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Pitangus sulphuratus  (Great Kiskadee / Bichofué gritón) | by PriscillaBurcher
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Pitangus sulphuratus (Great Kiskadee / Bichofué gritón)

La Ceja, Colombia; 2.300 meters above sea level.

 

Like all animals, birds need water to survive. Though they can extract some moisture from their food, most birds drink water every day. Birds also use water for bathing, to clean their feathers and remove parasites. After splashing around in a bath for a few minutes, a bird usually perches in a sunny spot and fluffs its feathers out to dry. Then it carefully preens each feather, adding a protective coating of oil secreted by a gland at the base of its tail.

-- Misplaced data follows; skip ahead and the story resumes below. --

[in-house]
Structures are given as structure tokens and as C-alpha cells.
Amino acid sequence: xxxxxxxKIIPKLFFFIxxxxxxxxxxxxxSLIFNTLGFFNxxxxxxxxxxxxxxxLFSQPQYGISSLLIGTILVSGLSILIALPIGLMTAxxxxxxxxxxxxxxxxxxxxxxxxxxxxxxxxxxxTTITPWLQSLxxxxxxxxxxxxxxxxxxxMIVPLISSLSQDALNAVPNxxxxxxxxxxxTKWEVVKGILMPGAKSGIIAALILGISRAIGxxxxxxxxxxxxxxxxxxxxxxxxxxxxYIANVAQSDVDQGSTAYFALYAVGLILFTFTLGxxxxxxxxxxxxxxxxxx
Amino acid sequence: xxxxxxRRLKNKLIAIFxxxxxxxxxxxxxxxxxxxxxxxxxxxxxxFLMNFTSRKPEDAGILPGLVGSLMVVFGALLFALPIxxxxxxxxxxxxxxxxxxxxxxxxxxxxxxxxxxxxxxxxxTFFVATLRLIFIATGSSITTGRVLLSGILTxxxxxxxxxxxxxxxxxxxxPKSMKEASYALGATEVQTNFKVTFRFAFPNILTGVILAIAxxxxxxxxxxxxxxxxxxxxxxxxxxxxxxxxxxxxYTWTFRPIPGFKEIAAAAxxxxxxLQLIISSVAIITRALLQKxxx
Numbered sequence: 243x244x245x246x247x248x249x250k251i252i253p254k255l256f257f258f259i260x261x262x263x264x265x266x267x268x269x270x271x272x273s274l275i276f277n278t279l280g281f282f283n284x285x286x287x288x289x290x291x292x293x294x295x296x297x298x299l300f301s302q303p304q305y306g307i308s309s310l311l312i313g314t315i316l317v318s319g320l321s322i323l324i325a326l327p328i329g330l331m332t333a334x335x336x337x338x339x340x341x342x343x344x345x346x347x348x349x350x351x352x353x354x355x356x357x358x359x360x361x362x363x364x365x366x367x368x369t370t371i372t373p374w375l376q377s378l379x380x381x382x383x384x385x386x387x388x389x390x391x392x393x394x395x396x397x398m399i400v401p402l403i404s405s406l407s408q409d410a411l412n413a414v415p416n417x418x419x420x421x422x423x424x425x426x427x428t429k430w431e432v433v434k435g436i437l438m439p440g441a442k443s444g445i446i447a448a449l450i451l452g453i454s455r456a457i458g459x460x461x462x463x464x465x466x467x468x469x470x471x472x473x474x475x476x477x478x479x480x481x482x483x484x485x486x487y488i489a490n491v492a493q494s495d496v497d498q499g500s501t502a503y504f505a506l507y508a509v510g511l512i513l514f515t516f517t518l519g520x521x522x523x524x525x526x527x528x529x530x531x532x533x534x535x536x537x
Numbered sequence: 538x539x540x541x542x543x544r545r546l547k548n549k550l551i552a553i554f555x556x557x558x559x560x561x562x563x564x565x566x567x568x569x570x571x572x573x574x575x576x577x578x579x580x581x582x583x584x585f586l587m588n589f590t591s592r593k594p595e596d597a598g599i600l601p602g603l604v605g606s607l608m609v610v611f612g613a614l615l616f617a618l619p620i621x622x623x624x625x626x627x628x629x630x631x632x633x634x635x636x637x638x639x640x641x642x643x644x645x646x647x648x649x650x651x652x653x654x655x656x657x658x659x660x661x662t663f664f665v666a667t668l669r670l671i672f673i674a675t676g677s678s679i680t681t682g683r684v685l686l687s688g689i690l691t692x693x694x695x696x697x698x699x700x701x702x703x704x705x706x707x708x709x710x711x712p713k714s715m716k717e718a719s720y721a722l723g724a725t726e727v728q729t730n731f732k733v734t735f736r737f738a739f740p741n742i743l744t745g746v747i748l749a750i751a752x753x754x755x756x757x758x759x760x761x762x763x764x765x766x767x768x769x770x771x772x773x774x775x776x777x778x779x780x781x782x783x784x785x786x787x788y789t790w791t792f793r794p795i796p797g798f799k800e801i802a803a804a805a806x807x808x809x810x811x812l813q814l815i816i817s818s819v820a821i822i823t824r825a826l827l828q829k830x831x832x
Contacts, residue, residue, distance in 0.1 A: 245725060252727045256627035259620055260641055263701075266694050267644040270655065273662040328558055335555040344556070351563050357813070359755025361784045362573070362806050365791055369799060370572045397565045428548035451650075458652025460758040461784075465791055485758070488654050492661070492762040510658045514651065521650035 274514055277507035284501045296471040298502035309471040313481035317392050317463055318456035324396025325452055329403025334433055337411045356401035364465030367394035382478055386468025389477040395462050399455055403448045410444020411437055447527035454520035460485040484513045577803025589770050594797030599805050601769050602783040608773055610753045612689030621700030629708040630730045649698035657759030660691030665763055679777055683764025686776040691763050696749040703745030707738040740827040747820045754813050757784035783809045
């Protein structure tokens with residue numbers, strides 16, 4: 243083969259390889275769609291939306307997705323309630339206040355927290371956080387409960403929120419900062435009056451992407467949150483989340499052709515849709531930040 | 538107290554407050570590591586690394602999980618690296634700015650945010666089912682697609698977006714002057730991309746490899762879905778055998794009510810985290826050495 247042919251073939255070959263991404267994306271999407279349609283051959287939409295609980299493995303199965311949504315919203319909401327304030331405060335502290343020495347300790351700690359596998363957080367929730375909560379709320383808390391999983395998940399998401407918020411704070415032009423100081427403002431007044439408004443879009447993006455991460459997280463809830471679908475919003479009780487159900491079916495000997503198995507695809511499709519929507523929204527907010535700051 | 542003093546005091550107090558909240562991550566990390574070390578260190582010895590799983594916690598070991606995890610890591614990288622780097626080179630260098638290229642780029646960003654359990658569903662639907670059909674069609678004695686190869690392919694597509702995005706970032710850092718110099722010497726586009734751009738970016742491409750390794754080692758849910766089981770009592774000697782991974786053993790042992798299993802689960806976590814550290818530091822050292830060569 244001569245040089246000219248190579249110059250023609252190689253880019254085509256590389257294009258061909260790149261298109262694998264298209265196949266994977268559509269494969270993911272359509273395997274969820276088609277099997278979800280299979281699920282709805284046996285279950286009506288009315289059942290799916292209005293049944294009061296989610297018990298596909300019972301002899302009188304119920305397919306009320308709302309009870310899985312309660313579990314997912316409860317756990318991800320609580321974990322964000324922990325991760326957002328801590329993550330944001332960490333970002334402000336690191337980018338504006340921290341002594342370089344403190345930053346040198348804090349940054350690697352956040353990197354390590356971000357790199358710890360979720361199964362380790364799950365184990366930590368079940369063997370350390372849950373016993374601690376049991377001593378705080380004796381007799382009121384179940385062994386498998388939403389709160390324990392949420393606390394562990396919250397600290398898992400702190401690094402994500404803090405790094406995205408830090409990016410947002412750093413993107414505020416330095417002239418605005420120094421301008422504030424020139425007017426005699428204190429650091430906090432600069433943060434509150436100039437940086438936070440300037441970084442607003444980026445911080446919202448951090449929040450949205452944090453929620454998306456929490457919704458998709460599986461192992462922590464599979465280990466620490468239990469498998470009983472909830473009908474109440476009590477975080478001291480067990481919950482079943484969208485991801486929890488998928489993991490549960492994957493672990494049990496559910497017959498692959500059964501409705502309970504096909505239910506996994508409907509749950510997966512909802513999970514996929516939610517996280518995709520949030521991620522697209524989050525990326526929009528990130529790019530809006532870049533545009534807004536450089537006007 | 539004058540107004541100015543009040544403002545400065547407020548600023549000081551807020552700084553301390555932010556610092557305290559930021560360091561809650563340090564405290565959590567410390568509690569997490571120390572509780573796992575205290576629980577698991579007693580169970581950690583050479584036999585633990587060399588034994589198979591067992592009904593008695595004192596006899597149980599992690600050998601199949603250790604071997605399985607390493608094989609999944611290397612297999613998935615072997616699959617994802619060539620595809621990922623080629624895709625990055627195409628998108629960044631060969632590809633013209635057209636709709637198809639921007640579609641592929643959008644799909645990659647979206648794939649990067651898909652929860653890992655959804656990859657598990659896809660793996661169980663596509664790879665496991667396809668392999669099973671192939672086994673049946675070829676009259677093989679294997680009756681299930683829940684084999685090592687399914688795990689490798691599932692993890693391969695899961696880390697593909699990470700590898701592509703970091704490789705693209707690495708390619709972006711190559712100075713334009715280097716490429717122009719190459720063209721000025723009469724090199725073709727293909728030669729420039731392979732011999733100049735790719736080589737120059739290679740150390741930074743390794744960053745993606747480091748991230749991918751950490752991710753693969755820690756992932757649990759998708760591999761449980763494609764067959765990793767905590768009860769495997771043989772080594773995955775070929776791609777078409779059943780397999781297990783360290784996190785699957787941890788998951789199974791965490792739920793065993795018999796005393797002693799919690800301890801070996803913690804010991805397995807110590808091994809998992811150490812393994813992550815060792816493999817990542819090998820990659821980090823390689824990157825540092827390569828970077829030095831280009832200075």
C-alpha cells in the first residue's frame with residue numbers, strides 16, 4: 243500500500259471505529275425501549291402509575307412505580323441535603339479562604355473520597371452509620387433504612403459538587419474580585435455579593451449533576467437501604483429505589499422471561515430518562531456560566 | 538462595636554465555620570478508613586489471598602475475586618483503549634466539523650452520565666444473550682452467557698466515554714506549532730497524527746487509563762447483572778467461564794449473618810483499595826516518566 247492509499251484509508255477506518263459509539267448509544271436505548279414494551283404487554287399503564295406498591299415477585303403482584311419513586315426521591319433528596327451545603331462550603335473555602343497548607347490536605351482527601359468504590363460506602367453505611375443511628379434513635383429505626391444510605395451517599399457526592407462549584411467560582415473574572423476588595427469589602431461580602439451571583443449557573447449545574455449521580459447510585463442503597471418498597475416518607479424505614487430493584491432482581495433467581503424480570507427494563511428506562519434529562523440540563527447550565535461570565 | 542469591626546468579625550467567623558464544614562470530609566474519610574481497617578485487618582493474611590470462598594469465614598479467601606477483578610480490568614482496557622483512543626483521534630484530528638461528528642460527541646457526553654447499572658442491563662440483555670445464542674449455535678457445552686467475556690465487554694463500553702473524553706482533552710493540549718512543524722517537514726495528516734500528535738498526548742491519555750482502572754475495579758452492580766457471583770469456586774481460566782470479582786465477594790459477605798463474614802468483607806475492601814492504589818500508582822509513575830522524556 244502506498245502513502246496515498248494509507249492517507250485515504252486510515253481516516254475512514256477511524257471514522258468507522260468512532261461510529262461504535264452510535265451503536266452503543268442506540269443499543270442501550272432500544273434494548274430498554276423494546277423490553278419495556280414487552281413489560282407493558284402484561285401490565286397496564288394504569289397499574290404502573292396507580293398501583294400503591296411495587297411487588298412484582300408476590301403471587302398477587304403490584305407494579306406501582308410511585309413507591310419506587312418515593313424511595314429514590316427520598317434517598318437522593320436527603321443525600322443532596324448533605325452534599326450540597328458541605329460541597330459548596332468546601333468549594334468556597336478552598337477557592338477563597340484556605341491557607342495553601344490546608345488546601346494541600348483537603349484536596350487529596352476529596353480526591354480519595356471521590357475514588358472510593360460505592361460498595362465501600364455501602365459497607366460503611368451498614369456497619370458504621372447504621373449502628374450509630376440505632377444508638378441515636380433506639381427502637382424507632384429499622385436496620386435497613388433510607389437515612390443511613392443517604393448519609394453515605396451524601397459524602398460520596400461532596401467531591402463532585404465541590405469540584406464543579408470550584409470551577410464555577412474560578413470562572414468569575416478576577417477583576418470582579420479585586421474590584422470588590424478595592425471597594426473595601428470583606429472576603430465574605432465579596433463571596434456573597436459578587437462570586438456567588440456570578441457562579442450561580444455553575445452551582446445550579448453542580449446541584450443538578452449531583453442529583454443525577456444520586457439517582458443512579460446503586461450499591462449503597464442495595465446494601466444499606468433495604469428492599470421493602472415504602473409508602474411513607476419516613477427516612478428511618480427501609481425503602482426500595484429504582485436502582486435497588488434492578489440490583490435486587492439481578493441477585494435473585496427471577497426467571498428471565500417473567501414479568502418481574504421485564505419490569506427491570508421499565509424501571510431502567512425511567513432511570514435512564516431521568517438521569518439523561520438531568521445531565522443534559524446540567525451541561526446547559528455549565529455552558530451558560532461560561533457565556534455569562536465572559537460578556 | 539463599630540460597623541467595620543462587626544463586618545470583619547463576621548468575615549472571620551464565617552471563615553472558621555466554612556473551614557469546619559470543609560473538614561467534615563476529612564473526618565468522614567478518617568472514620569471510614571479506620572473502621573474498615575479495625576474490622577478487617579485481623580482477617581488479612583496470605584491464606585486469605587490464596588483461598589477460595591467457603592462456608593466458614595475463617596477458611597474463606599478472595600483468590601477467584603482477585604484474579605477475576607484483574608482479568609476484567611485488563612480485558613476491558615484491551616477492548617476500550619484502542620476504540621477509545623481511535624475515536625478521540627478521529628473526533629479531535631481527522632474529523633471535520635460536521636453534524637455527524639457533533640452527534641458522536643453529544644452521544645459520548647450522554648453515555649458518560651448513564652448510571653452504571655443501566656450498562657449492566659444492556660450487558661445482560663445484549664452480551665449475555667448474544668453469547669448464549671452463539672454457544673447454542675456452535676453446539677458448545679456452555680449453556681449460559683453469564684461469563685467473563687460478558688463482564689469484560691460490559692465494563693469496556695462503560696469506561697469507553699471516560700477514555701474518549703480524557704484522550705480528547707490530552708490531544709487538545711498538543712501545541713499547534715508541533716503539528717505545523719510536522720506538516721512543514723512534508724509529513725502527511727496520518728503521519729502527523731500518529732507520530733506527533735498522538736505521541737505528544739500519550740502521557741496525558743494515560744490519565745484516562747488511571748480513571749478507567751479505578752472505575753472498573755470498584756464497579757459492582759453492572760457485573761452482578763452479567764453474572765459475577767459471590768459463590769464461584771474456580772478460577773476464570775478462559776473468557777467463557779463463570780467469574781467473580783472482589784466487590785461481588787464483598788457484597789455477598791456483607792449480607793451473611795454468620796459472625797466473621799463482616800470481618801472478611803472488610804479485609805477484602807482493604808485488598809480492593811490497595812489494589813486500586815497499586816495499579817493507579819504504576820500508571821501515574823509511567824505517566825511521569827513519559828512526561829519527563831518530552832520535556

For these reasons, a dependable supply of fresh, clean water is attractive to most birds. In fact, a birdbath will even bring to your yard birds that don’t eat seeds and wouldn’t visit your feeders. Providing water for birds can also improve the quality of your backyard bird habitat and should provide you with a fantastic opportunity to observe bird behavior.

 

www.birds.cornell.edu/AllAboutBirds/notes/BirdNote09_Prov...

 

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Taken on December 24, 2018